This is a pro and a con of hydration packs. You set out on a family cycle ride, expecting your child’s water to last all day and suddenly discover that after 20 minutes the pack is empty and they’re needing to stop for a wee every 3 minutes!
Or, the reserve can happen, whereby you get three-quarters of the way through a long, summers day ride and realise your child has hardly touched a drop of their water and is wilting due to dehydration.
I find a regular pat or shake of the pack to determine how much water remains can be useful.
2) They’re difficult to clean, especially if you’re not using water
Hydration packs are reasonably easy to keep clean if you only use water in them, but the moment you add anything else – juice, squash, hydration tablets (adults and teens only) – mould can start to form in the pipes, mouthpiece and bladder very quickly.
It’s best to stick to water only in the packs.
Best to use easily cleanable (and cheap to replace) water bottles for anything else.
If you do end up with nasty things growing inside the pipes or water reservoir, then there are a myriad of products that you can buy to clean them out. Plus replacement pipes, bladders and mouthpieces are available to buy.
We’ve only ever used water in ours and have not had a problem.
3) They can be a distraction when riding
As with any gadget, a hydration pack can be much more interesting than the task in hand.
If your child is supposed to be concentrating on a technical bit of trail, or riding in traffic, it can be disconcerting to see them fiddling with the valve on their pack, either with their hands or their mouth.
4) You may end up carrying it
Very occasionally (!) things don’t go quite as smoothly as anticipated on a family bike ride.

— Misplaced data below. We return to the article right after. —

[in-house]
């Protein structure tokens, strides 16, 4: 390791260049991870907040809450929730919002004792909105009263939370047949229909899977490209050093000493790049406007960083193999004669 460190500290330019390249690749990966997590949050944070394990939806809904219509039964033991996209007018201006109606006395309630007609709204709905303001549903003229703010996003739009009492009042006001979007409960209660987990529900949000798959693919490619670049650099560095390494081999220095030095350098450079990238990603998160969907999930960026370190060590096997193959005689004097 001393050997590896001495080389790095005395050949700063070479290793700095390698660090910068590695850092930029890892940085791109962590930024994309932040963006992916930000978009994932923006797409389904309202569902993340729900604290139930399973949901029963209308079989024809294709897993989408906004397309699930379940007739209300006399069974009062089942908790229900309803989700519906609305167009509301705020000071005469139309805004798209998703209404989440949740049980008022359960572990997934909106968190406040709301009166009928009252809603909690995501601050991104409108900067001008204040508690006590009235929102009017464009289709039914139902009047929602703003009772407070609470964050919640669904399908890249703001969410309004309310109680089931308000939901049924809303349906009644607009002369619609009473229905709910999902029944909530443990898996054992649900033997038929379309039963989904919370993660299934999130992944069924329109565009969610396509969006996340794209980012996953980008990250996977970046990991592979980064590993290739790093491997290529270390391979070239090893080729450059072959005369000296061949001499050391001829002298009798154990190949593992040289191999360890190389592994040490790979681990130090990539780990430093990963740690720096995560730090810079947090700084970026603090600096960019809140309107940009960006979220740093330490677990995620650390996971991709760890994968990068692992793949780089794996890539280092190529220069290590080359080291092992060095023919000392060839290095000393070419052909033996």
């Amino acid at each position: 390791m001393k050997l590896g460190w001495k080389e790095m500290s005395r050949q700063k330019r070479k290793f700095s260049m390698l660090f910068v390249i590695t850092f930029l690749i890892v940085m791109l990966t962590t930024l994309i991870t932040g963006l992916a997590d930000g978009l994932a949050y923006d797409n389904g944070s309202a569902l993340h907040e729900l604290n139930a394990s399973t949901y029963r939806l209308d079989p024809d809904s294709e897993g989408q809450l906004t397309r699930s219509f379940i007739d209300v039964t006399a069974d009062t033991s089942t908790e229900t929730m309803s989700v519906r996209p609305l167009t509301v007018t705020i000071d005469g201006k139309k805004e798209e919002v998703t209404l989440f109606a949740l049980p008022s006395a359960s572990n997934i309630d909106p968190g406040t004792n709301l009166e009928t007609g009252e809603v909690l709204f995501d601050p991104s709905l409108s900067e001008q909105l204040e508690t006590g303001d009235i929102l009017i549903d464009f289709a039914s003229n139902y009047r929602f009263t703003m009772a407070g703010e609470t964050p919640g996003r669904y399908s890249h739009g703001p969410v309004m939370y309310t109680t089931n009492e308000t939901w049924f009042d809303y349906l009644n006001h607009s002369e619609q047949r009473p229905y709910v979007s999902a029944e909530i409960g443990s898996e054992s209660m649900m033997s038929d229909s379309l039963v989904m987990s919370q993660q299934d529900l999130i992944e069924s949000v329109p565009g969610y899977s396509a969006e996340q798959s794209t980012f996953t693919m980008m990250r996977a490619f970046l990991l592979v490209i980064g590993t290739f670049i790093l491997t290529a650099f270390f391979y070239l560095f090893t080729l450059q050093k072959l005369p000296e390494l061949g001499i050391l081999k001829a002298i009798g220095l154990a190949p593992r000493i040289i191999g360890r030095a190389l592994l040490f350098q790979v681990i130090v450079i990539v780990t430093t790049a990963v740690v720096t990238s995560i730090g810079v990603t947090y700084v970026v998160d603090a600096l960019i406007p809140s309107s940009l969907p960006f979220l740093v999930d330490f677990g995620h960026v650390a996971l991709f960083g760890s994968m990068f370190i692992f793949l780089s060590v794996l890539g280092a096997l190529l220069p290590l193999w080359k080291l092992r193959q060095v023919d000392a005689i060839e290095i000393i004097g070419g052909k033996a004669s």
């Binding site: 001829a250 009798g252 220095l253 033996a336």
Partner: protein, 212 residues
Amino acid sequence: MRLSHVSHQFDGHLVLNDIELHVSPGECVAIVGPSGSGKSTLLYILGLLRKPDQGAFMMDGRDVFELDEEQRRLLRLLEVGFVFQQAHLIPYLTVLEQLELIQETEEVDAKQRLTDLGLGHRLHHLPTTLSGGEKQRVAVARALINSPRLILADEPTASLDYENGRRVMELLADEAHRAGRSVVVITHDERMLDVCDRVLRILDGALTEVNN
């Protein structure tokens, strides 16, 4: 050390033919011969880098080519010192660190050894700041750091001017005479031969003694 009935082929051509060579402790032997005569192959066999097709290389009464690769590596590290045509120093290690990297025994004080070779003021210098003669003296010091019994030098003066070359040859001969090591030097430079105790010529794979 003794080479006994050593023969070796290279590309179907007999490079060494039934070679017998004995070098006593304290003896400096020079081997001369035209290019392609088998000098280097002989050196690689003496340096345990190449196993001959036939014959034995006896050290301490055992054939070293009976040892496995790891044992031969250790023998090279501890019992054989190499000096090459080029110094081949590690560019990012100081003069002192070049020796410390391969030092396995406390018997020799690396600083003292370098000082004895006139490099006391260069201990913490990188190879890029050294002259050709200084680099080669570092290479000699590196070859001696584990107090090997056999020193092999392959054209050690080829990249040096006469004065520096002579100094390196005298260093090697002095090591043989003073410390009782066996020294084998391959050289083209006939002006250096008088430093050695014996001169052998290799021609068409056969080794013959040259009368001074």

Tantrums, exhaustion and sheer bloody mindedness may result in a refusal or inability to continue to carry the pack. (I’ll let you decide if it’s the adult or child in your party acting like this!!!)
5) Straps can cause chafing
Always check that the pack you’re asking your child to wear fits them well.
If it’s too big and moving around a lot, or too small and cutting in, it can cause discomfort.
The shoulder and neck areas are particularly at risk of chafing.
Be extra vigilant on hot days, when a lack of jacket or neck buff may mean the straps come into contact with their skin.
6) The mouthpieces can get ruined quickly (and can be a choking hazard)
It’s worth remembering that the mouthpiece on a hydration pack is a consumable part, and as such can’t be expected to last the entire life of the pack.
They’re very chewy and rubbery, and attractive for kids to chew on whilst riding.
Do check what the mouthpiece is made of (some, such as the Source Spry contain a small spring which could be a choking hazard for small children), and always ensure you replace at the first sign of wear and tear.
7) They’re more expensive than a water bottle
Hydration packs are naturally more expensive than a water bottle, but they are designed to last much longer.
If looked after well, they can be passed on down through various children, with just a change of mouthpiece.
On that note, we found we were getting confused whose Camelbak belonged to who.
We bought a pack of multi-coloured mouthpieces to replace the standard blue one and now everyone has a different colour and we can tell which pack belongs to which person – result!
The best kids hydration packs:
For younger kids, the Camelbak Skeeter is a great choice. It’s got a small pack size and fits narrow shoulders and backs. There is no pocket, so your child is just carrying water. We used this pack with both our Sprogs when they were little.
For older kids who able to start carrying their own kit as well as water, the Camelbak Mini M.U.L.E kids pack is a good choice. We upgraded to this when our Sprogs got too big for the Skeeter.
The 6L Thule UpTake Youth Hydration Backpack, designed for kids aged 6-12, which comes with 1.75-litre Hydrapack reservoir.
Other articles you may find useful:
- 10 ways to keep your kids safe when cycling on a hot day
- How we became a mountain biking family in just one year
- The best kids 24″ wheel mountain bikes
- The best kids 20″ wheel mountain bikes
- The best kids 26″ wheel mountain bikes